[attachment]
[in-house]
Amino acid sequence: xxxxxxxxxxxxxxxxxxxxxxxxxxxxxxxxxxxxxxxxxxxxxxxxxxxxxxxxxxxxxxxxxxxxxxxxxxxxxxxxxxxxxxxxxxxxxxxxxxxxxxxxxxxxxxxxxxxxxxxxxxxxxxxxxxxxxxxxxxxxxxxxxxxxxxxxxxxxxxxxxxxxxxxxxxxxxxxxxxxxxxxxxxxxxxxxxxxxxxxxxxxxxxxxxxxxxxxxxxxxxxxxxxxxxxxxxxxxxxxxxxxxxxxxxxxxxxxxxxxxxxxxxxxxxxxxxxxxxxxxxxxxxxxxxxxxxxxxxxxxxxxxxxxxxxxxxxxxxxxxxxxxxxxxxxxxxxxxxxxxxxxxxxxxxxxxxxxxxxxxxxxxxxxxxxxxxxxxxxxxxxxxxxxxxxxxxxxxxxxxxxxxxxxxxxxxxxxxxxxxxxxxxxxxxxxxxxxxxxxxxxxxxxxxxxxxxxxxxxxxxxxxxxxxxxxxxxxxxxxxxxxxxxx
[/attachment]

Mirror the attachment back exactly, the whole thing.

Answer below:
[in-house]
Amino acid sequence: xxxxxxxxxxxxxxxxxxxxxxxxxxxxxxxxxxxxxxxxxxxxxxxxxxxxxxxxxxxxxxxxxxxxxxxxxxxxxxxxxxxxxxxxxxxxxxxxxxxxxxxxxxxxxxxxxxxxxxxxxxxxxxxxxxxxxxxxxxxxxxxxxxxxxxxxxxxxxxxxxxxxxxxxxxxxxxxxxxxxxxxxxxxxxxxxxxxxxxxxxxxxxxxxxxxxxxxxxxxxxxxxxxxxxxxxxxxxxxxxxxxxxxxxxxxxxxxxxxxxxxxxxxxxxxxxxxxxxxxxxxxxxxxxxxxxxxxxxxxxxxxxxxxxxxxxxxxxxxxxxxxxxxxxxxxxxxxxxxxxxxxxxxxxxxxxxxxxxxxxxxxxxxxxxxxxxxxxxxxxxxxxxxxxxxxxxxxxxxxxxxxxxxxxxxxxxxxxxxxxxxxxxxxxxxxxxxxxxxxxxxxxxxxxxxxxxxxxxxxxxxxxxxxxxxxxxxxxxxxxxxxxxxx